Archive for May, 2010

Dying for the Karzai Cartel

Thursday, May 20th, 2010

Our strategy and tactics in Afghanistan, both of which make sense in theory, no longer apply.

The classic defense of our involvement in Afghanistan is that we need to make sure that Afghanistan never again becomes a sanctuary for al-Qaeda or other enemies of the United States. Ungoverned spaces attract terrorists, especially when they’re in bad neighborhoods. (See: Pakistan.)

That is strategy. The classic defense of our tactics is that we are fighting a counterinsurgency according to best practices, providing security to the people of Afghanistan so that they can choose to support their elected government rather than the insurgency. Everything our military does in Afghanistan is aimed at that goal. We are trying to train the Afghan security forces to the point where they can take over from us, just as the Iraqi security forces mainly have, and we can go home.

I agree with both the strategy and the tactics, in theory. And I’ve long argued that our military is doing as superb job of ground-level counterinsurgency, and that the Afghans, at least in the north and west, are doing an impressive job at building civil society through the same capitalist methods that have worked in the West.

But what I’ve seen in my last three trips to Afghanistan, and what I’ve read in the Pentagon’s own “Report on Progress Toward Security and Stabilization in Afghanistan” makes me believe that neither our strategy nor our tactics apply any longer.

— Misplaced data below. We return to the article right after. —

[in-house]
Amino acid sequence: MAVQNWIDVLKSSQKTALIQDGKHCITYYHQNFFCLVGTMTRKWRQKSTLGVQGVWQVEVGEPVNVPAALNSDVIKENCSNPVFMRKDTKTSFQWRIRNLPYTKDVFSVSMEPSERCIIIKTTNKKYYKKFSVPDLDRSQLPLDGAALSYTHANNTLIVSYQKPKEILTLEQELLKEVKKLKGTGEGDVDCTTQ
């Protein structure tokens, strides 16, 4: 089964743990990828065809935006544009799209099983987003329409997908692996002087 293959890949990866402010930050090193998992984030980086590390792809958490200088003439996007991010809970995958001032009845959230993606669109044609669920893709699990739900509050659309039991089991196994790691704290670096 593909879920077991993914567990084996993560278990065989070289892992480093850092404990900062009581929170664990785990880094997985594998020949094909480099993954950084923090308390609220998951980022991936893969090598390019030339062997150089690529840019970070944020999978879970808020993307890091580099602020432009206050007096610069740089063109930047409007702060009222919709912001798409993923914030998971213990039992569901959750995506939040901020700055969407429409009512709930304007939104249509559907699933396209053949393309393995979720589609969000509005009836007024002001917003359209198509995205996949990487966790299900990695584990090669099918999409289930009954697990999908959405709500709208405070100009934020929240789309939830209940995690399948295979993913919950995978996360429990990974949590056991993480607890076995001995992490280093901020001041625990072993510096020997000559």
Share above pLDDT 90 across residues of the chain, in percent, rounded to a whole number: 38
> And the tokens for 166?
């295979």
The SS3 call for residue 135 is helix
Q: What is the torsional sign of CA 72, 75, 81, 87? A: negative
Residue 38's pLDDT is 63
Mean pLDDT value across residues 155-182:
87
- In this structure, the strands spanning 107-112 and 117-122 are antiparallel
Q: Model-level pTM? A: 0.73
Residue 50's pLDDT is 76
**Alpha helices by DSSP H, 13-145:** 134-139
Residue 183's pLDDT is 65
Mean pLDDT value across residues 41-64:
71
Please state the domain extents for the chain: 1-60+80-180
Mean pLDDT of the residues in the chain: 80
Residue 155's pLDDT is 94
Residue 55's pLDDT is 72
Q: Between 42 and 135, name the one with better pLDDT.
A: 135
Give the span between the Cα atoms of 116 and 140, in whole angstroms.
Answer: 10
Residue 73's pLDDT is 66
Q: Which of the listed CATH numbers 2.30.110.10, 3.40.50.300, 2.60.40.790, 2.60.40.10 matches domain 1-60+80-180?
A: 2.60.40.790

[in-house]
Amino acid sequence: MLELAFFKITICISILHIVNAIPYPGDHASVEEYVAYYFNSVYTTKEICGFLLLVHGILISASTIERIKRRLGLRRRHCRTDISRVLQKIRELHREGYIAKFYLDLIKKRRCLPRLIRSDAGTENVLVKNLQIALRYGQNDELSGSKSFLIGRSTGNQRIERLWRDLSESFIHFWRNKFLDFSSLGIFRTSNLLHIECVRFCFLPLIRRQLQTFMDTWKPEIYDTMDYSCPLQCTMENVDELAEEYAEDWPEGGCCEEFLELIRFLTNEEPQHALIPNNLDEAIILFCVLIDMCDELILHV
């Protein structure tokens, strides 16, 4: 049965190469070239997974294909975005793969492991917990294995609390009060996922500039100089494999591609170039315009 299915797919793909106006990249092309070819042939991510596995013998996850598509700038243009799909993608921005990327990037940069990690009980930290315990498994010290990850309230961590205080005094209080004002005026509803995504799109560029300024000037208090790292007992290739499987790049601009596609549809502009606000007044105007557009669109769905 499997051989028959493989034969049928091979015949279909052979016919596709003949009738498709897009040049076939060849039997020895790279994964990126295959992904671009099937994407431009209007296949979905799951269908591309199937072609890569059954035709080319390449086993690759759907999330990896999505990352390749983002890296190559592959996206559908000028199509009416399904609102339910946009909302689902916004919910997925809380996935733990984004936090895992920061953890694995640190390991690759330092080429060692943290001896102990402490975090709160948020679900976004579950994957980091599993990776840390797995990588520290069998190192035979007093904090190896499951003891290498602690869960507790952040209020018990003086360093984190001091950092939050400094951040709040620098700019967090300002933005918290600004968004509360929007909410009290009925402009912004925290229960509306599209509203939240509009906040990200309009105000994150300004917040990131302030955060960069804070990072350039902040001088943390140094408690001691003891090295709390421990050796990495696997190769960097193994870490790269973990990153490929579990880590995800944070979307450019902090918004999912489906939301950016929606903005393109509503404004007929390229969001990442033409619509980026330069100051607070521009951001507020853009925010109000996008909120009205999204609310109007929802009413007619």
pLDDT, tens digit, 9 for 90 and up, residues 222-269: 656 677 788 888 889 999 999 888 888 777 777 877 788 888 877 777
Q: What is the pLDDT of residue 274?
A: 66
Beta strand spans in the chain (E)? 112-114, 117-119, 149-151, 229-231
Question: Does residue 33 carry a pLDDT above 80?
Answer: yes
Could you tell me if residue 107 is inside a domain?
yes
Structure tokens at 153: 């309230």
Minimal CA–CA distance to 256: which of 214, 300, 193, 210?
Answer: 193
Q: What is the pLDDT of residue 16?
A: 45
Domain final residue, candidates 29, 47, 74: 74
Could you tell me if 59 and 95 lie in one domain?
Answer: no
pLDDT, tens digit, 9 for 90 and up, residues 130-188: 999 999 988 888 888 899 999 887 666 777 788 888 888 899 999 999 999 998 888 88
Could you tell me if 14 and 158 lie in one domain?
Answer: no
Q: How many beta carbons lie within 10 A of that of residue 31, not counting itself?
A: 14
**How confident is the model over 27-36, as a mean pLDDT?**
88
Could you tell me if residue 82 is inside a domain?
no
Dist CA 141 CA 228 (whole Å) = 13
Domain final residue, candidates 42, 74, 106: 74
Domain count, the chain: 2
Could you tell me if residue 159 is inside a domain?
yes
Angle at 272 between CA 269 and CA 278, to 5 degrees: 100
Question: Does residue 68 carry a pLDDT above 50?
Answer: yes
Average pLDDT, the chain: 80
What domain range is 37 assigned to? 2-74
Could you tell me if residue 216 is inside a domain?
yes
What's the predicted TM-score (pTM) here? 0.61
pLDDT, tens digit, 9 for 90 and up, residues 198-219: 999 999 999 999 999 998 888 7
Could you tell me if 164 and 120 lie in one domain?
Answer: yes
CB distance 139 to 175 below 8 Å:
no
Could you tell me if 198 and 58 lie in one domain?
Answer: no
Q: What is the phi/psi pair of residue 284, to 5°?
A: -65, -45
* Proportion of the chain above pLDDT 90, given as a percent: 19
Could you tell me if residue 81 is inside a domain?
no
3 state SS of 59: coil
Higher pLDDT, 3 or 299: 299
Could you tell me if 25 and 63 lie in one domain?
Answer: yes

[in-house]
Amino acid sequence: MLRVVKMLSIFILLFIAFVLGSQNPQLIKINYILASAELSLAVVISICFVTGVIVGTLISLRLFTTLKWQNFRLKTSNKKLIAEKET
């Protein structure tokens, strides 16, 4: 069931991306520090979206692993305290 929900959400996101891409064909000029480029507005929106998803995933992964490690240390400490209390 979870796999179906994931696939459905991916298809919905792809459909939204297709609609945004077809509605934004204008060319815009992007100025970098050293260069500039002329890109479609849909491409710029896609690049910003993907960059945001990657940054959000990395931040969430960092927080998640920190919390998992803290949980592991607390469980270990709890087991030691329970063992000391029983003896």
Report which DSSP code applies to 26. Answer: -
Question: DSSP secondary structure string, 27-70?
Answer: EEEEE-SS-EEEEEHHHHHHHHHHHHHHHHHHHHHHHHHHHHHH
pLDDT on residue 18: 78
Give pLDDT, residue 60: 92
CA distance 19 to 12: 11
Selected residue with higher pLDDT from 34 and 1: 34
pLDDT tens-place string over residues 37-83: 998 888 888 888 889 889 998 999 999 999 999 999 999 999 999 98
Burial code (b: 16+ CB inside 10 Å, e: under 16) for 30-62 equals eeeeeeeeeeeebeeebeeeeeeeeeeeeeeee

First, and most important, our strategy makes no sense. We are supporting a criminal state in Kabul that is likely involved with the insurgency itself. There is almost nothing to distinguish the Taliban from the Karzai mafias, whose tentacles reach down to the most obscure rural districts.

American commanders will tell you of governors, police chiefs, district governors, and district police chiefs so corrupt, abusive, and vicious that the Taliban are a desirable alternative. We are talking about Afghan government officials who sell famine aid for their own profit, rape boys and women, run drugs in police cars — and often conspire with insurgents to kill Afghan civilians and security forces, and even American troops.

Ahmad Wali Karzai is running a mafia out of Kandahar, and his brother Hamid Karzai is protecting him. This mafia is worth over a billion a year to him, if the Times of London is to be believed.

One senior coalition figure calculated that the “Karzai cartel” was making a turnover of a billion dollars a year from the coalition involvement in Afghanistan, through lucrative contracts and sub-contracting spin-offs in convoy protection, construction, fuel, food, and security.

In fact, it may no longer be the case that AWK does what he does in order to strengthen the hand of his brother: It may be that Hamid does what he does to strengthen the hand of AWK. The Afghan state is being hollowed out from the inside and becoming a branch of a lucrative criminal enterprise. Why would the Karzais have any interest in defeating the insurgency? They are profiting from it.